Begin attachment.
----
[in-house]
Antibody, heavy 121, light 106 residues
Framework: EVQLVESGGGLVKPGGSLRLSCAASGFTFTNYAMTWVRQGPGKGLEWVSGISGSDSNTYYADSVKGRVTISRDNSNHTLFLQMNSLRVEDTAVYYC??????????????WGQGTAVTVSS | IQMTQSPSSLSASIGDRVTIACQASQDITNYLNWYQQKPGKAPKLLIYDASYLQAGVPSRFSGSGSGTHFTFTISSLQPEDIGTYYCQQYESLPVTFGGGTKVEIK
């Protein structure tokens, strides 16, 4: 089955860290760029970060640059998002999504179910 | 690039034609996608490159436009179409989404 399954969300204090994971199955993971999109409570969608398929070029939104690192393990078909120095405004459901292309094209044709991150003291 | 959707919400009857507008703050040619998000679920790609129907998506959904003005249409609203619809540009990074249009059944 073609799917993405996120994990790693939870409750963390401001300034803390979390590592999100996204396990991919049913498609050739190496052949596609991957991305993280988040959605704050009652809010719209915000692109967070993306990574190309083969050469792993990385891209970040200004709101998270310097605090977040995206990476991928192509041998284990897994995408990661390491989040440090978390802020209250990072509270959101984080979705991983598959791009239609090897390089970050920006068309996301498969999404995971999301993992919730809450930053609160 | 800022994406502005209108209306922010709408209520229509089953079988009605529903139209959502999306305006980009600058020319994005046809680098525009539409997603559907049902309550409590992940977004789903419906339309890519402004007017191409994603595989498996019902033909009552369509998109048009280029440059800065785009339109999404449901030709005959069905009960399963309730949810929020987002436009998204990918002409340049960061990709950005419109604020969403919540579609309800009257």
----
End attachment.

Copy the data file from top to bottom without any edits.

[in-house]
Antibody, heavy 121, light 106 residues
Framework: EVQLVESGGGLVKPGGSLRLSCAASGFTFTNYAMTWVRQGPGKGLEWVSGISGSDSNTYYADSVKGRVTISRDNSNHTLFLQMNSLRVEDTAVYYC??????????????WGQGTAVTVSS | IQMTQSPSSLSASIGDRVTIACQASQDITNYLNWYQQKPGKAPKLLIYDASYLQAGVPSRFSGSGSGTHFTFTISSLQPEDIGTYYCQQYESLPVTFGGGTKVEIK
């Protein structure tokens, strides 16, 4: 089955860290760029970060640059998002999504179910 | 690039034609996608490159436009179409989404 399954969300204090994971199955993971999109409570969608398929070029939104690192393990078909120095405004459901292309094209044709991150003291 | 959707919400009857507008703050040619998000679920790609129907998506959904003005249409609203619809540009990074249009059944 073609799917993405996120994990790693939870409750963390401001300034803390979390590592999100996204396990991919049913498609050739190496052949596609991957991305993280988040959605704050009652809010719209915000692109967070993306990574190309083969050469792993990385891209970040200004709101998270310097605090977040995206990476991928192509041998284990897994995408990661390491989040440090978390802020209250990072509270959101984080979705991983598959791009239609090897390089970050920006068309996301498969999404995971999301993992919730809450930053609160 | 800022994406502005209108209306922010709408209520229509089953079988009605529903139209959502999306305006980009600058020319994005046809680098525009539409997603559907049902309550409590992940977004789903419906339309890519402004007017191409994603595989498996019902033909009552369509998109048009280029440059800065785009339109999404449901030709005959069905009960399963309730949810929020987002436009998204990918002409340049960061990709950005419109604020969403919540579609309800009257």